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Common Name: Shagbark Hickory, Shellbark hickory,  Southern shellbark, Upland hickory, Scalybark hickory, Sweet walnut, White hickory - The bark fragments into longitudinal strips that are attached in the middle and loose on the ends, giving the tree its characteristic shaggy semblance. Hickory is from the Algonquian word pawcohiccora which is the name given to a white, oily decoction of the nuts.


Scientific Name: Carya ovata - The generic name is from the Greek word karya, meaning nut tree. The species name is from the Latin ovum, meaning egg; the nut of the shagbark hickory is elongated into what might be described as a misshapen egg.


Hickory trees are native to eastern North America, the range of the shagbark extending from southern Canada to the upland regions of the southern Appalachians. According to the fossil record, however, hickories extended across most of the Northern Hemisphere during the Eocene Epoch about 50 million years ago; their range  included Eurasia and the western United States. Glacial activity of the Pleistocene Epoch about 2 million years ago extirpated the European hickories, as the east-west mountain chains blocked their southern expansion; conversely, the north-south orientation of the North American mountains offered a corridor for the hickories to survive by moving south. Therefore, when the European colonists immigrated to the Americas in the seventeenth century, they discovered what to them was a  new  tree abundant with large, tasty nut fruits.


Native Americans availed themselves of the ubiquitous hickory trees, favoring the shagbark for its large and sweet-tasting nuts. Indians of the Iroquois Confederacy decocted oil from the nuts and mixed it with animal fat that was applied to the skin as an unguent, thought to have been a sort of insect repellent. Other tribes, including the Dakotas and the Pawnee,  used the nuts to make soup and the sap from the bole to make a sweet syrup. An important Indian foodstuff was made by shelling the nuts that were pounded and put into boiling water, the heat inducing the separation of a white, gelatinous material known as  pawcohiccora in the Algonquian language of the Virginia Indians. The butter-like substance was used as a spread and as an ingredient in other dishes such as corn cakes. This practice was adopted by the early European colonists, the tree eventually taking on the anglicized name hickory. Hickory milk became a commodity for barter, one quart being the equivalent of about twenty pounds of pork. Nutritionally, this would be consistent, 100 grams of shagbark hickory nuts provides 673 kilocalories, 13 grams of protein, 68 grams of fat and 360 milligrams of phosphorous (100 grams of lean pork has about 700 kcal, 25 grams of protein and 5 grams of fat).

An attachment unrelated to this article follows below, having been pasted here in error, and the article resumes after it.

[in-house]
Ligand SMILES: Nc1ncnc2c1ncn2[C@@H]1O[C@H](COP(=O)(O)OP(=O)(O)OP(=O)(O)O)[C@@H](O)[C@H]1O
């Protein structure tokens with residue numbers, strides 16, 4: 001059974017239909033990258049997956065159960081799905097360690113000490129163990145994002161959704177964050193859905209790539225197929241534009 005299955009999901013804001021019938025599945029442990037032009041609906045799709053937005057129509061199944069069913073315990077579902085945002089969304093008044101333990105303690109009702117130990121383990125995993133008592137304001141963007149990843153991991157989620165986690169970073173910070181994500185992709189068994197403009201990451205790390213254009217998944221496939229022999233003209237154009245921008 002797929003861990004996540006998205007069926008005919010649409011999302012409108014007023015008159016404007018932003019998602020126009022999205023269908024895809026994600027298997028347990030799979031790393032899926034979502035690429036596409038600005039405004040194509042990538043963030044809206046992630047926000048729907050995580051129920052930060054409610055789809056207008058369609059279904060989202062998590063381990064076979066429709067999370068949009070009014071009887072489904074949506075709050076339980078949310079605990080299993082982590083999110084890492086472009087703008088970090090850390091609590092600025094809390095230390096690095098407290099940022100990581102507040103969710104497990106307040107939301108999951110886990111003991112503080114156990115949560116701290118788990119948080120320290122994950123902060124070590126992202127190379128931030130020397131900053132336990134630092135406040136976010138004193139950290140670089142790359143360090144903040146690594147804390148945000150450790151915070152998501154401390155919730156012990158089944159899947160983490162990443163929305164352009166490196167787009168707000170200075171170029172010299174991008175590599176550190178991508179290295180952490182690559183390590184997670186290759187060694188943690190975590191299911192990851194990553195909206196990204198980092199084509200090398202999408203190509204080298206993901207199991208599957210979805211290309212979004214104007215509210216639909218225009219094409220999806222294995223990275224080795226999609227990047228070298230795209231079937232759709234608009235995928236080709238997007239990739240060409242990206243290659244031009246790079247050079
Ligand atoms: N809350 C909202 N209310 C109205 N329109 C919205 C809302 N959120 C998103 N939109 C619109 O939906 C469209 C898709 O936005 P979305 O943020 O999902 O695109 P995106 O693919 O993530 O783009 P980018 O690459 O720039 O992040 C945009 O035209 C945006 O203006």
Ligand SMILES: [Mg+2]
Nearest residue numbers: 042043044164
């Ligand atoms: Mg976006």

The shagbark hickory is also valued for its wood, which has the notable attributes of high strength, high heating value and aromatic flavorful smoke. Hickory wood has a unique combination of physical properties that make it ideally suited for structural applications. It is very dense (50 pounds per cubic foot - water is 64 giving the wood  a high specific gravity  of 0.77) and has a high compressive strength (1760 pounds per square inch compared to 1070 psi for oak). Pound for pound hickory wood is as strong as steel  and was accordingly used by the colonists for tool handles, fences, furniture, ladder rungs and barrel hoops, to say nothing of the notorious "hickory rod" used on recalcitrant children. As a fuel, hickory produces more BTU's than any other wood except black locust. A cord of hickory wood has the heating equivalency of almost 200 gallons of fuel oil or about one ton of coal. It was accordingly favored as a feedstock for charcoal necessary to provide adequate heat intensity for the proper operation of colonial and early American  iron furnaces. Hickory produces a pleasant aroma that it imparts to food, the famous smokehouse Virginia hams are regaled for their unique hickory smoked flavor.


Hickory trees are monoecious, having both male and female flowers on the same tree. The pollen dispersal is predominantly by wind and does not result in the formation of nuts until the tree is about 30 years old, a fact that contributes to the poor commercialization potential of the fruits. Once in full maturity, however, nut production can be prodigious; over 200 nuts filling about 2 bushel baskets have been reported for a single tree.  Hickory trees are subject to a fair amount of hybridization, making species field identification a challenge. The pinnate leaves can vary in number from 5 to 9 (5 to 7 for the shagbark) and the nuts come in a variety of shapes that range from ovoid to round.

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